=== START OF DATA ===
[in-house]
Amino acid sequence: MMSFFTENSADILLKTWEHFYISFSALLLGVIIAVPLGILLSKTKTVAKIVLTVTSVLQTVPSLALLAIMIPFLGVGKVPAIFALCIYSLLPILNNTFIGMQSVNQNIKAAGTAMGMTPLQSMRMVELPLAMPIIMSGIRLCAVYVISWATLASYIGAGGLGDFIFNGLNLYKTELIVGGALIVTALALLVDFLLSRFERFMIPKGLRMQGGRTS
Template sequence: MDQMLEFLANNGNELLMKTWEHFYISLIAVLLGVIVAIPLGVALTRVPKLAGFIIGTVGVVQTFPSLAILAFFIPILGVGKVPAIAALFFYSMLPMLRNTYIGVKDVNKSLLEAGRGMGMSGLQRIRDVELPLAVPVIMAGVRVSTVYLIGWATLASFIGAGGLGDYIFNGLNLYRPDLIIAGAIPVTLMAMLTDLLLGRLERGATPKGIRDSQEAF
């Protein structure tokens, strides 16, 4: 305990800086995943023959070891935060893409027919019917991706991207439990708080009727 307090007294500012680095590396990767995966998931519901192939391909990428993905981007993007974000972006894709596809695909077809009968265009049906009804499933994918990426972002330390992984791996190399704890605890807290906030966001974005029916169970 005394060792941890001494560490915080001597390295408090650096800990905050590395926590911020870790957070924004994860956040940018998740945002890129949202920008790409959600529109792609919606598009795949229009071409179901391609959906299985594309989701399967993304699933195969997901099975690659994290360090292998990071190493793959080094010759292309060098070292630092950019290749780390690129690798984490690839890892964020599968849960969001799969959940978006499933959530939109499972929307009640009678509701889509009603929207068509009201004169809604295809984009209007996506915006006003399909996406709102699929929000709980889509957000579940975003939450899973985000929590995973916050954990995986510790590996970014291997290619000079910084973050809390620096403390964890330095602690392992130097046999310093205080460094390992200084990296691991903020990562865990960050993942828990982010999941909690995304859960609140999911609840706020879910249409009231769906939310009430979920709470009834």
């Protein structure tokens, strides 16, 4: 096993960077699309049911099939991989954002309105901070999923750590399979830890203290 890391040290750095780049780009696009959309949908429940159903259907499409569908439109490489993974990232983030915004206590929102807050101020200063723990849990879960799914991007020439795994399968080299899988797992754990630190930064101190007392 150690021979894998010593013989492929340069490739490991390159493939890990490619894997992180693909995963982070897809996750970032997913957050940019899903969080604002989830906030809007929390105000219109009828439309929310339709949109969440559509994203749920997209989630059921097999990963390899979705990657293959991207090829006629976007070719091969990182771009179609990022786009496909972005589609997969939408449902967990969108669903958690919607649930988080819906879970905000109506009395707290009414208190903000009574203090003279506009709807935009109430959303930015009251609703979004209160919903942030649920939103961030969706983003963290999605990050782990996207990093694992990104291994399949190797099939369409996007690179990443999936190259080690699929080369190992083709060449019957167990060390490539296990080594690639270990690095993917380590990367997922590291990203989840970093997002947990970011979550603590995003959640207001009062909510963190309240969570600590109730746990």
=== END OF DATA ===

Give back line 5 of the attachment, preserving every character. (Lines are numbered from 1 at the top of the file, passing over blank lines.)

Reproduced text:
């Protein structure tokens, strides 16, 4: 096993960077699309049911099939991989954002309105901070999923750590399979830890203290 890391040290750095780049780009696009959309949908429940159903259907499409569908439109490489993974990232983030915004206590929102807050101020200063723990849990879960799914991007020439795994399968080299899988797992754990630190930064101190007392 150690021979894998010593013989492929340069490739490991390159493939890990490619894997992180693909995963982070897809996750970032997913957050940019899903969080604002989830906030809007929390105000219109009828439309929310339709949109969440559509994203749920997209989630059921097999990963390899979705990657293959991207090829006629976007070719091969990182771009179609990022786009496909972005589609997969939408449902967990969108669903958690919607649930988080819906879970905000109506009395707290009414208190903000009574203090003279506009709807935009109430959303930015009251609703979004209160919903942030649920939103961030969706983003963290999605990050782990996207990093694992990104291994399949190797099939369409996007690179990443999936190259080690699929080369190992083709060449019957167990060390490539296990080594690639270990690095993917380590990367997922590291990203989840970093997002947990970011979550603590995003959640207001009062909510963190309240969570600590109730746990």